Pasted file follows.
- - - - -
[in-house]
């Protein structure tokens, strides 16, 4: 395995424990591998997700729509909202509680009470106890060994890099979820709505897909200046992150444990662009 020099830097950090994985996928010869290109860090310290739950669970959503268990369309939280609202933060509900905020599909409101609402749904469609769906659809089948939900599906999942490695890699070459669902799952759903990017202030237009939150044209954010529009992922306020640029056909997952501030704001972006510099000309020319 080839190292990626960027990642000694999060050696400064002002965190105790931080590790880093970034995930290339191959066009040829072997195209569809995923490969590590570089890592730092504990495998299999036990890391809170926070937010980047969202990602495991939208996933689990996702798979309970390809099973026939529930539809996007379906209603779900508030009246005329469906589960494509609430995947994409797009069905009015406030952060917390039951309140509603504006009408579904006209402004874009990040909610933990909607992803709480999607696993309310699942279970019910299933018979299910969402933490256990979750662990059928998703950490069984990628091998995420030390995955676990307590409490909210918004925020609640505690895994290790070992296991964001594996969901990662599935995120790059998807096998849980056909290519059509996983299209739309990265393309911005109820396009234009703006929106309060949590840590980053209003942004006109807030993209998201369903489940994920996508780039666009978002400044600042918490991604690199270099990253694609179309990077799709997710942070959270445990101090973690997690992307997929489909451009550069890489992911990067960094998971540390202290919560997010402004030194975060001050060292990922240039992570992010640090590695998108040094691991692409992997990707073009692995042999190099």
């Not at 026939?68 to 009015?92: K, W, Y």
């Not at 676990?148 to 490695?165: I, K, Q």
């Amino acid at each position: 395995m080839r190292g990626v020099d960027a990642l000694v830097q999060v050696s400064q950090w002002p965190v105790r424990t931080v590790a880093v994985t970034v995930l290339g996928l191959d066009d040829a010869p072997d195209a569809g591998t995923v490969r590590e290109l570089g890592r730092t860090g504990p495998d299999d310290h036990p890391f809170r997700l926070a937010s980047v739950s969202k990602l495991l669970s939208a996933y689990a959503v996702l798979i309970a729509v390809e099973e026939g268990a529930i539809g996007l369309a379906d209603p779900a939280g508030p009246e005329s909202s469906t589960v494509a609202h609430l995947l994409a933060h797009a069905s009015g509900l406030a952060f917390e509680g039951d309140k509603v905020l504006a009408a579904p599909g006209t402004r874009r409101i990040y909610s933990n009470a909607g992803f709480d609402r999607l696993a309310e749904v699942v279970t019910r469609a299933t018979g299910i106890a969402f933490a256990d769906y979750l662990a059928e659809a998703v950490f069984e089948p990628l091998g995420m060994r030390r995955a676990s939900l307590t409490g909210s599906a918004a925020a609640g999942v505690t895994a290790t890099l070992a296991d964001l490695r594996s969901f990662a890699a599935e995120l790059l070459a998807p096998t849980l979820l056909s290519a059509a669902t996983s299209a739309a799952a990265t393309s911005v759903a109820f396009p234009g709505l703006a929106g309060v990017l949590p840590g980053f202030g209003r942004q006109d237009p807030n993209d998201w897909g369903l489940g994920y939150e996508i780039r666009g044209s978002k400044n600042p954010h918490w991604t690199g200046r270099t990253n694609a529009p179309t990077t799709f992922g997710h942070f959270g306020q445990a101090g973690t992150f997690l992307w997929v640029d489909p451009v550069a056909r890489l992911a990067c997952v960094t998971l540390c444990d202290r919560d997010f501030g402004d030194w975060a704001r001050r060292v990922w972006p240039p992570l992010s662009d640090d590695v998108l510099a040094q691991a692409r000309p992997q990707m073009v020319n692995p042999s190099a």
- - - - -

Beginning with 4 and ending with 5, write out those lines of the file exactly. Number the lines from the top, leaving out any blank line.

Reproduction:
């Not at 676990?148 to 490695?165: I, K, Q």
């Amino acid at each position: 395995m080839r190292g990626v020099d960027a990642l000694v830097q999060v050696s400064q950090w002002p965190v105790r424990t931080v590790a880093v994985t970034v995930l290339g996928l191959d066009d040829a010869p072997d195209a569809g591998t995923v490969r590590e290109l570089g890592r730092t860090g504990p495998d299999d310290h036990p890391f809170r997700l926070a937010s980047v739950s969202k990602l495991l669970s939208a996933y689990a959503v996702l798979i309970a729509v390809e099973e026939g268990a529930i539809g996007l369309a379906d209603p779900a939280g508030p009246e005329s909202s469906t589960v494509a609202h609430l995947l994409a933060h797009a069905s009015g509900l406030a952060f917390e509680g039951d309140k509603v905020l504006a009408a579904p599909g006209t402004r874009r409101i990040y909610s933990n009470a909607g992803f709480d609402r999607l696993a309310e749904v699942v279970t019910r469609a299933t018979g299910i106890a969402f933490a256990d769906y979750l662990a059928e659809a998703v950490f069984e089948p990628l091998g995420m060994r030390r995955a676990s939900l307590t409490g909210s599906a918004a925020a609640g999942v505690t895994a290790t890099l070992a296991d964001l490695r594996s969901f990662a890699a599935e995120l790059l070459a998807p096998t849980l979820l056909s290519a059509a669902t996983s299209a739309a799952a990265t393309s911005v759903a109820f396009p234009g709505l703006a929106g309060v990017l949590p840590g980053f202030g209003r942004q006109d237009p807030n993209d998201w897909g369903l489940g994920y939150e996508i780039r666009g044209s978002k400044n600042p954010h918490w991604t690199g200046r270099t990253n694609a529009p179309t990077t799709f992922g997710h942070f959270g306020q445990a101090g973690t992150f997690l992307w997929v640029d489909p451009v550069a056909r890489l992911a990067c997952v960094t998971l540390c444990d202290r919560d997010f501030g402004d030194w975060a704001r001050r060292v990922w972006p240039p992570l992010s662009d640090d590695v998108l510099a040094q691991a692409r000309p992997q990707m073009v020319n692995p042999s190099a």